What did you cut on your Shapeoko/ Nomad today?

I use these bits from Amazon.

I also provide these pegs with each of the boards I sell. There is no slop in the hole with these pegs.

The drill bits really should be run somewhat slower but I am still not getting any burning with them and the holes all come out fine. I did find that if I was not careful with the length of the bit and had too much sticking out the bit could wander slightly. So I make sure and have the bit inserted far enough that the collet grabs right above the last of the fluting. Makes it stable enough for my needs. I also decreased the plunge rate a little from my initial test.

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Thank you! When you say run somewhat slower, what rpm are you doing? I currently have my spindle set to 7200 on the low end (50hz), but could check on whether it’s safe to program slower. It’s water cooled, so I suspect it should be ok, but not 100% sure. Also, what’s your plunge rate?

I am running the Carbide 3D router so the slowest it goes is 10000. I was talking about the plunge rate. I think I am going at 15 IPM and a peck distance of only .0625.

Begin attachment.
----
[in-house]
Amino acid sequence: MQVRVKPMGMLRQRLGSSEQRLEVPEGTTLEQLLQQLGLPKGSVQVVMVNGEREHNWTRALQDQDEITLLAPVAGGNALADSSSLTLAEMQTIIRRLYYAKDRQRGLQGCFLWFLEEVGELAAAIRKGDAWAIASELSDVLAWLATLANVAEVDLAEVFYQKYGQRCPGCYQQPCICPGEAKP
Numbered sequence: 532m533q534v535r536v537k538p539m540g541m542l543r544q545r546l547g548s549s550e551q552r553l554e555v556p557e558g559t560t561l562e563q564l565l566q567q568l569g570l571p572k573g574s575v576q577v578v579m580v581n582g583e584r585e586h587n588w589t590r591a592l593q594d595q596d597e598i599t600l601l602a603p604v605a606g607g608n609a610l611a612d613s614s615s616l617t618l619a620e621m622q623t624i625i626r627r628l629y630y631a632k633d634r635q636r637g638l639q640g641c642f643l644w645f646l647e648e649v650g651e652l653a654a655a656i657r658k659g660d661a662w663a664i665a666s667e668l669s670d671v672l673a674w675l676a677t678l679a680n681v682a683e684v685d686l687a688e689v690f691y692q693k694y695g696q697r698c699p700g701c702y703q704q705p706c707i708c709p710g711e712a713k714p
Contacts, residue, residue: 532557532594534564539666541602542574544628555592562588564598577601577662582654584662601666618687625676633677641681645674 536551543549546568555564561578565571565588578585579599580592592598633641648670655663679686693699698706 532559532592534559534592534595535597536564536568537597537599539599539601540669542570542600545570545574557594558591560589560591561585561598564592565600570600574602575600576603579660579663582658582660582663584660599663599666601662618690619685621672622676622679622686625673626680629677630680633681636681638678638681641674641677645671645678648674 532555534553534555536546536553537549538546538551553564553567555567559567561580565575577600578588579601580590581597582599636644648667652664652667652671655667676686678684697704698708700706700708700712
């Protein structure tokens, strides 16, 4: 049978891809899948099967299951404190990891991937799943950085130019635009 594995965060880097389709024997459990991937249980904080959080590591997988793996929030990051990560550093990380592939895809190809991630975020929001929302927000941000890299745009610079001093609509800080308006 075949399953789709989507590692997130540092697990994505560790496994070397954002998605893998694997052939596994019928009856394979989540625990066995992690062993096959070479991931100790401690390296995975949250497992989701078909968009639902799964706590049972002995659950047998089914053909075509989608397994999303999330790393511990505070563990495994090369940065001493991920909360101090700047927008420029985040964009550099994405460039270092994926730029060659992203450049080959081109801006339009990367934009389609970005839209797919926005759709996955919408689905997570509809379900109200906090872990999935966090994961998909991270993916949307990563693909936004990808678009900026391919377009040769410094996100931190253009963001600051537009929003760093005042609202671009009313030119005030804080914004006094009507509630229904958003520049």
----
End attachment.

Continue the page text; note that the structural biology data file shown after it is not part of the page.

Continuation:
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I haven’t seen much on the internet about anyone doing this with CNC although I’m sure I’m not the first to try this. Rather than anything useful, this box is a test of some techniques I want to use in the future, but didn’t want to use a lot of material in case it was an utter failure. The idea is to create a box with joints that are incredibly strong. The joints are mitered with a square dowel inserted into a slot. I picked up some square 1/4" poplar dowels at the local hardware store and the material is 12mm baltic birch plywood. The top of the box has an inset cut to only a couple of thousands smaller to test squareness and fit. The miter cutter I’m using is the Amana RC-1140 which is a 91 degree V bit. Compared to a 90 degree V bit this one gives you a bit of clearance on the inside of the joint to insure the outside meets perfectly. Before I started cutout I did a test to see how the dowels would fit and found them too snug. A measurement proved they were about 2 thousands wider than 1/4", which isn’t much but enough to matter on the fitting. As for speeds and feeds the Amana site shows the same settings between the RC-1140 and the RC-1148 that CC sells. So I used the same settings adjusting only the angle and width. With those settings the HDM plowed through without any apparent problems, but the noise was telling me the depth per pass was a bit too aggressive. I’ll back that off in the future.